Acronis True Image is one of the best PC backup full disk image software to be used for your Windows 8 device and not only. Now, it has finally been updated to get full support for Windows 8.1
Acronis is one of the most reliable software solutions used by thousands worldwide when it comes to providing PC backup support and many other features. Now, according to Acronis’ Consumer Business Unit Senior Vice President and General Manager, Nat Maple, who told the Talkin’ Cloud publication via email, this update guarantees protection for Acronis True Image users as they are using the latest version of Windows, 8.1, which is also the most secure. Here’s what he said:
“We’re constantly working to improve the Acronis True Image product suite for our users to make sure we provide the most complete, comprehensive data backup and recovery solution possible”
From what we know at the moment, only Acronis True Image 2014 has received Windows 8.1 full support and not Acronis’ entire portfolio of products. You should know that by using Acronis True Image, you also get 5GB of free, ultra-secure cloud, a time explorer feature and automatic file synchronization.
- Download now Acronis free version from the official website
For one Windows 8 or Windows 8.1 computer, the license costs $50 and for three computers it will cost $80. There is also a trial version available that you can use for 30 days. You can find all of them on Acronis official website.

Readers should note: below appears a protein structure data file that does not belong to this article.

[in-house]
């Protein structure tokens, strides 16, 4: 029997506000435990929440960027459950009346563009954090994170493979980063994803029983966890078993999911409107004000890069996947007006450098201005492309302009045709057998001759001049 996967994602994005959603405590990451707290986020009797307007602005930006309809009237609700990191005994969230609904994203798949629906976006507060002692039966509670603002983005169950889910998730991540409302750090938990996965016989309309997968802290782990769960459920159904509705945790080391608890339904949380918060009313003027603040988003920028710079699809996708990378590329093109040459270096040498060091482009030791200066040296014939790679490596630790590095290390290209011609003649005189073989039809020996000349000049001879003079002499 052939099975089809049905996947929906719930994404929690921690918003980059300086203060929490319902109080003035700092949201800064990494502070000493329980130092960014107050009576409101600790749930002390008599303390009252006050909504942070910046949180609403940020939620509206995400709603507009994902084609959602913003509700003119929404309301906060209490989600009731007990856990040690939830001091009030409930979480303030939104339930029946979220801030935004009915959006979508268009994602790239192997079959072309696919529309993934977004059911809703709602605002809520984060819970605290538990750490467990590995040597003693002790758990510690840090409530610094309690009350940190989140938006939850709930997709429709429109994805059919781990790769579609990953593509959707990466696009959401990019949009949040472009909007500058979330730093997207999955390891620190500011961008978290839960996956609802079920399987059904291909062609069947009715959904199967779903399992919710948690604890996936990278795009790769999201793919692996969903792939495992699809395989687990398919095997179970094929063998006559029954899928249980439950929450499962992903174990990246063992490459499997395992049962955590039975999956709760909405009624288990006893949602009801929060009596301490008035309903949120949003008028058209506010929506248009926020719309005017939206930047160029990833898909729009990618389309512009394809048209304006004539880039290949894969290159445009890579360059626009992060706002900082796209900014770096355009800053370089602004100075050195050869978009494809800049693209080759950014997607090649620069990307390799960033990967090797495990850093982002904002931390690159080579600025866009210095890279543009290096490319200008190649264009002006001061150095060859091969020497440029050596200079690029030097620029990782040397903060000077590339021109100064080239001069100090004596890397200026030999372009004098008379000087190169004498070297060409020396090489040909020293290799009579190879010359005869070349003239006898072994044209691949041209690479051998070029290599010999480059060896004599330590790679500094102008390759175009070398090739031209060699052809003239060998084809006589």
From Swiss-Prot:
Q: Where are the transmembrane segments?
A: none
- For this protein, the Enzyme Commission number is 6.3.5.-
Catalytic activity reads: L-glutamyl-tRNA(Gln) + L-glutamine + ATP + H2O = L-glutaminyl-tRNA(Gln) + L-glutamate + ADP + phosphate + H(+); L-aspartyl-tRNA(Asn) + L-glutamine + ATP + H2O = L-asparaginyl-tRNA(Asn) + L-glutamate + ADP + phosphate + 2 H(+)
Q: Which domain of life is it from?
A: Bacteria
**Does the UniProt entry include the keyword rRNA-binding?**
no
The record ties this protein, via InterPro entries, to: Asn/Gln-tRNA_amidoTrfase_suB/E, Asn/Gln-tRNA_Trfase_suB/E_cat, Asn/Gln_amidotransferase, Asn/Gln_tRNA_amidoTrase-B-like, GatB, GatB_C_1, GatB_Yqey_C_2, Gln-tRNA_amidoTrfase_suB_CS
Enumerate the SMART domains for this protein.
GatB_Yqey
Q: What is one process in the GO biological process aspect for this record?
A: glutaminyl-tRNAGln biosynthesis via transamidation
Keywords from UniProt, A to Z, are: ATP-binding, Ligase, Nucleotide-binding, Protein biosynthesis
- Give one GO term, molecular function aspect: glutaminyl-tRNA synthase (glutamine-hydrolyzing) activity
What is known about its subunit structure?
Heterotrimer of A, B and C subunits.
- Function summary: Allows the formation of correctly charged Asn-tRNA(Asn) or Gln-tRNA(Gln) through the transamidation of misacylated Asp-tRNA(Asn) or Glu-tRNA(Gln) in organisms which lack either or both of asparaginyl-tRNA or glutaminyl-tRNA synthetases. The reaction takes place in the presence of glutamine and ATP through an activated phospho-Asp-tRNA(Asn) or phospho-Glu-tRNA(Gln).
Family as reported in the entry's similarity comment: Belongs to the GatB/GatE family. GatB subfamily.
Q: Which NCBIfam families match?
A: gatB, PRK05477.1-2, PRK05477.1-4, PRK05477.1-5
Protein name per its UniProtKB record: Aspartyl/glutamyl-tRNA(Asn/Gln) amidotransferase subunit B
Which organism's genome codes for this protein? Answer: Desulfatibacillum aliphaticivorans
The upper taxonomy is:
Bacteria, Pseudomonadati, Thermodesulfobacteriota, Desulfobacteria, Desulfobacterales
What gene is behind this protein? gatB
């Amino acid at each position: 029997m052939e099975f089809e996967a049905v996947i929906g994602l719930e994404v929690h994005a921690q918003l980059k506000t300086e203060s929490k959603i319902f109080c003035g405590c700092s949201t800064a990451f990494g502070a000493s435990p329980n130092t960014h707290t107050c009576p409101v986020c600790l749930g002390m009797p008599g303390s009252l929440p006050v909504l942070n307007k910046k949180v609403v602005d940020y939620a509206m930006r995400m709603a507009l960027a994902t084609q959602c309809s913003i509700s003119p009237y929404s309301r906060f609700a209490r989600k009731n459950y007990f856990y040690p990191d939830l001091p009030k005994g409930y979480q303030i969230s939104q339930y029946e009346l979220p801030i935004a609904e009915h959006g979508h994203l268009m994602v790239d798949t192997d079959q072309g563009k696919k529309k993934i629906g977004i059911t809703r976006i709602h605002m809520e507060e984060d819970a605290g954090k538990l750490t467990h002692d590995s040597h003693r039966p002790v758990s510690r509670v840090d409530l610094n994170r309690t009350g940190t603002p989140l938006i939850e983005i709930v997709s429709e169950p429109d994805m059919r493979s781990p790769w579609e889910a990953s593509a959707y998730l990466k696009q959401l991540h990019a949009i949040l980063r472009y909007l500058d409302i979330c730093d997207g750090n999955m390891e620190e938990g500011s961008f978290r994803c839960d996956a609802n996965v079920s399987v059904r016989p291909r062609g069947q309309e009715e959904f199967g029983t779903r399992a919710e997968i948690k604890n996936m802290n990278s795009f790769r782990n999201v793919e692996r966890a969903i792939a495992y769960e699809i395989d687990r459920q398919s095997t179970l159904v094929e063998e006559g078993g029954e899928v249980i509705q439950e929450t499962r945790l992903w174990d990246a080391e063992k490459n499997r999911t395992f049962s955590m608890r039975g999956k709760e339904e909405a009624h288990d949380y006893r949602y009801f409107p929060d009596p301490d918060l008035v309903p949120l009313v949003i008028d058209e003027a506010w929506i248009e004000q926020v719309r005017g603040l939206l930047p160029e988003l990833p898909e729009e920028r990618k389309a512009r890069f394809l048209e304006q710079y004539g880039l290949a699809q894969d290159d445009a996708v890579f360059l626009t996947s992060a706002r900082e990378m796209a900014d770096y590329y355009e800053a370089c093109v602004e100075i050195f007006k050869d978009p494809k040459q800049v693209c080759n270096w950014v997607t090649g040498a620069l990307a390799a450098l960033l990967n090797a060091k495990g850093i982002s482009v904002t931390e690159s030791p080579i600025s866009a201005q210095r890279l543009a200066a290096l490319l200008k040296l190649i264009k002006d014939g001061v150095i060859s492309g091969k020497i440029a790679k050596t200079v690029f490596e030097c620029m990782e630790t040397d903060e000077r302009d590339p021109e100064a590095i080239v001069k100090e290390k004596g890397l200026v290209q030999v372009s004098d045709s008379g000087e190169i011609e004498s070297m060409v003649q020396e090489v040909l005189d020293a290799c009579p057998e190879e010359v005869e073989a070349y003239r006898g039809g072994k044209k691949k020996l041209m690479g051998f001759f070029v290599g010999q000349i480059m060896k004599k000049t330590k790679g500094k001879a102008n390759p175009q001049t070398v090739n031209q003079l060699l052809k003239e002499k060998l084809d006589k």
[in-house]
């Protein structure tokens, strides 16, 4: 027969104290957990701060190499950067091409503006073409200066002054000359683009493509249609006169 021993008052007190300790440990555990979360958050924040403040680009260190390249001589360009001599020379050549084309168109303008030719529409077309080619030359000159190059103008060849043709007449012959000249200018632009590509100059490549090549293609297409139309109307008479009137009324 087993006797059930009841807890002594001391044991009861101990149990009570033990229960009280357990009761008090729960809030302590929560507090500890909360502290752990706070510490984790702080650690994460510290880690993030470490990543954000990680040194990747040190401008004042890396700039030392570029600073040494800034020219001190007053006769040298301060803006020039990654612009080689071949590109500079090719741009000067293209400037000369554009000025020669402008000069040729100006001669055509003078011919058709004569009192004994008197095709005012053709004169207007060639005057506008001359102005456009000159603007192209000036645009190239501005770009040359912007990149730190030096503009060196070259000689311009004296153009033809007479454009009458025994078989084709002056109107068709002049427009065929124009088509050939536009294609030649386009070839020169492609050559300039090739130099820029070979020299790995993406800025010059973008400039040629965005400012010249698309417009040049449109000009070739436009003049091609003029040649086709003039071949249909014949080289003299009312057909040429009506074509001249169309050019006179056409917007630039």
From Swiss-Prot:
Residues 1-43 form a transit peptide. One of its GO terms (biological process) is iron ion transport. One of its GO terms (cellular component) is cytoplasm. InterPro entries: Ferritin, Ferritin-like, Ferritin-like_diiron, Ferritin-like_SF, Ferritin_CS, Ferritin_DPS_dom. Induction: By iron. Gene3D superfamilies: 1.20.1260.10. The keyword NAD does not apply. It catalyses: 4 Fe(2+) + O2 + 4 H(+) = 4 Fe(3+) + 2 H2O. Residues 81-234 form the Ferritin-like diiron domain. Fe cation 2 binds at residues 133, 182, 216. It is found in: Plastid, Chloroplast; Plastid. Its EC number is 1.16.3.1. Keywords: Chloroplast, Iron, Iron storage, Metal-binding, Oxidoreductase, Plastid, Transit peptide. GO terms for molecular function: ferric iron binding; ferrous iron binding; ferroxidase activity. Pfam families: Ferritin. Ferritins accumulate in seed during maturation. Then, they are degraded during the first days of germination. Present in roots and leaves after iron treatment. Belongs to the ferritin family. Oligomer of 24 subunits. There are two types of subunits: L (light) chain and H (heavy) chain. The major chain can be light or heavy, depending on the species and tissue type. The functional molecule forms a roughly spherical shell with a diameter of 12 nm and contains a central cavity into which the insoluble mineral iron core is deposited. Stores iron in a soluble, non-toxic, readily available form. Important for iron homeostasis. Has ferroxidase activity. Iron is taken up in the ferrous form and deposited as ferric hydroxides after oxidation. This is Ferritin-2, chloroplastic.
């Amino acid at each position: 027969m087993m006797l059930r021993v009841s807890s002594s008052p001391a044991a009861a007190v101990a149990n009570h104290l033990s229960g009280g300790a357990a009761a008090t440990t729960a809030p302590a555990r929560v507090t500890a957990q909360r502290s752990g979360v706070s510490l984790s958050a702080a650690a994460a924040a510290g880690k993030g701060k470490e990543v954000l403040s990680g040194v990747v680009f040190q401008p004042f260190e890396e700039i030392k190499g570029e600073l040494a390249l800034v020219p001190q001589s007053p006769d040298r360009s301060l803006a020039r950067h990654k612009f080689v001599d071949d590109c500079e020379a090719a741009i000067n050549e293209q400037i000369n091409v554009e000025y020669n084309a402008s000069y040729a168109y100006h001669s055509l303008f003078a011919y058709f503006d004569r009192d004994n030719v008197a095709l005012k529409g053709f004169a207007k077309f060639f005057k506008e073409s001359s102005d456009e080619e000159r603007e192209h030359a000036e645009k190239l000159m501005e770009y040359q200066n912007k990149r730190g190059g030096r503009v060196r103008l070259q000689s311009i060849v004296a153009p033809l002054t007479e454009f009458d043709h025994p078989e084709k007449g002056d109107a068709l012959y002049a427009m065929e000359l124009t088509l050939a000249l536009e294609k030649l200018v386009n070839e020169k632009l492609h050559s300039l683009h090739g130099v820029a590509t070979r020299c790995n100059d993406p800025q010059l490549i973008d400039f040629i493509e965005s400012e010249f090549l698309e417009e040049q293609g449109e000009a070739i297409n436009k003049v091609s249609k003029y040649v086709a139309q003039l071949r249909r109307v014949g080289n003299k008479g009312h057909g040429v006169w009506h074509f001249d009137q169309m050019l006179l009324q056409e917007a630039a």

Acronis Disk Director has received important compatibility updates for Windows 10. As an important piece of Acronis suite, Acronis Disk Director really needed this update and the users warmly received the news. You can use it now whithout any fear that it could crash or not be getting the job done.
In case you are searching for a full guide on how to backup your data in Windows 10, 8.1 or 8 with Acronis, you can find an excellent step-by-step guide right here. If for some reasons, Acronis does not fit your needs, we have a list of other backup software which will replace Acronis and help you store your important data while restoring or making any kind of experiments with your OS or PC.
Editor’s Note: This post was originally published in November 2013 and has been since revamped and updated for freshness, accuracy, and comprehensiveness.